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Old October 12th 03, 08:40 PM
[email protected]
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Anyway, I caught two more kittens last
night after the tuna fish mystery. But I was
too late. They are *very* feral, extremely
aggressive and fearful, so socializing
them probably won't be possible.

That's not true at all, especially since these are kittens. Most of the
behavior you are seeing is fear based. I have a cat that I caught as a
feral kitten. He tore my hand up and I had to seek medical attention.
Yet in a week he was a total sweetheart.

We have no open foster homes left,
anyway. Our only hope is if we can get
them an early appointment for TTVAR. I
won't re-release if they are unaltered. I
can't in good conscience do that, so it
seems there is only one other alternative
left to me.

And what would that be? Killing them?
That would be wrong.


"The only thing necessary for the triumph of evil is for good men to do

-Edmund Burke

Learn The TRUTH About Declawing

Zuzu's Cats Photo Album:

"Concerning all acts of initiative (and creation), there is one
elementary truth the ignorance of which kills countless ideas and
splendid plans: that the moment one definitely commits oneself, then
providence moves too. A whole stream of events issues from the decision,
raising in one's favor all manner of unforeseen incidents, meetings and
material assistance, which no man could have dreamt would have come his

- W.H. Murray

Old October 12th 03, 10:21 PM
[email protected]
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In article ,

That's not true at all, especially since these are kittens. Most of
the behavior you are seeing is fear based. I have a cat that I caught
as a feral kitten. He tore my hand up and I had to seek medical
attention. Yet in a week he was a total sweetheart.

Megan, I understand that. But to accomplish that, you need someone who
cares enough to provide the resources and time. We have neither. We are
already nursing/fostering smaller kittens (who were also dumped at my
workplace) who are going to make great pets--we have already placed one
when she's ready to be adopted out. I have gone to great lengths to
find people who would take these newly-trapped guys into their homes,
to no avail. The few who expressed any interest at all flaked off and
are now avoiding me.

I'm in despair. All my regulars have disappeared since the introduction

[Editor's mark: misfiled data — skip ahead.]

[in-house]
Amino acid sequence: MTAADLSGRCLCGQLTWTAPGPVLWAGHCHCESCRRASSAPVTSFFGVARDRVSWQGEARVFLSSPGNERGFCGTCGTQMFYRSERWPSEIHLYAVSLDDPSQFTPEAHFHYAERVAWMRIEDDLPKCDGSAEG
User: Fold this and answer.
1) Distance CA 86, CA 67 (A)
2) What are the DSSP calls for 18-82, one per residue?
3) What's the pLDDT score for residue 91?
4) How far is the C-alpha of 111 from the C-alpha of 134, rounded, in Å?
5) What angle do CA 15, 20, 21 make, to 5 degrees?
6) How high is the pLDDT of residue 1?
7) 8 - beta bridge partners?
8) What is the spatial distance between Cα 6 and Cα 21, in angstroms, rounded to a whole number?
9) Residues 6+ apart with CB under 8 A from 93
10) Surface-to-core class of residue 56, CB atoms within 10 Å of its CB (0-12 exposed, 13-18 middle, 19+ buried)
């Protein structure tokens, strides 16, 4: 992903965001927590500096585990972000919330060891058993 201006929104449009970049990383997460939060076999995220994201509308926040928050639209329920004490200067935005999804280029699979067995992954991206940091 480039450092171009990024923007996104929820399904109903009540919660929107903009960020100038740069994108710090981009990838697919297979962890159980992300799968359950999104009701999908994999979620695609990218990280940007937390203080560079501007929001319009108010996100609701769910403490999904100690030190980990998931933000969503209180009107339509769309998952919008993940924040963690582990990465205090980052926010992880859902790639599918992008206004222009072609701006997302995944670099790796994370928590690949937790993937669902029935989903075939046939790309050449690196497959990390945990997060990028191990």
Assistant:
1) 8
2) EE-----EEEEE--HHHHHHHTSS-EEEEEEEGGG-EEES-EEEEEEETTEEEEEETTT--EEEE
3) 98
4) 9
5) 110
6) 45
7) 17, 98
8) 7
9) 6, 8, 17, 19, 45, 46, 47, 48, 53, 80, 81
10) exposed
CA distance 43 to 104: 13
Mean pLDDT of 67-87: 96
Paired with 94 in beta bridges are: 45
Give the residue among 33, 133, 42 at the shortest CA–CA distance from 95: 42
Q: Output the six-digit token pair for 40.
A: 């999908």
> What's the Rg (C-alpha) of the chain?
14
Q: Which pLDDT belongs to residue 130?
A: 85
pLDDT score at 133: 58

of the new cats. By itself, that tears me up, but I cannot allow this
colony to grow unregulated. The results would be hellish. Three years
after I began caring for the colony here, I was given a subtle
ultimatum by the management of the facility: either I take
responsibility for these animals, or they would accept the contract
exterminator's offer to "take of the cat problem". The colony has been
my second full time job ever since, albeit unpaid, no vacation and no
sick time. Benefits offered nowhere else, however!

For years I've maintained it hygienically; disease-free,
population-stable and a tidy, sheltered, out-of-the-way feeding area.
The cats have come to belong to everyone, as evidenced by the number of
feeders these guys have. Most employees know each individual cat's
story; some even remember them as kittens. Co-workers and complete
strangers alike have given me the highest compliment: "...they (the
cats) look so happy!" I've heard this more than once; to me it means
I've provided the animals with a real home.

This is my first experience with human scum dumping kittens on me. I
still have the queens to trap (hopefully, they will be adoptable).
We've taken on all we can by ourselves. Maybe more than we should have:
our rental is being sold and we're desperately trying to find new digs
we can afford, one which will accomodate our pets and fosters. It's a
daunting task.
Old October 14th 03, 09:16 PM
Sharon Talbert
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Am I missing something here? After all this fuss to catch colony kittens,
they are at risk to be euthanized because they are "unadoptable?"

Some of the fiercest little hissyfits I've ever caught have turned out to
be the most loving laphogs.

Sharon Talbert
Friends of Campus Cats


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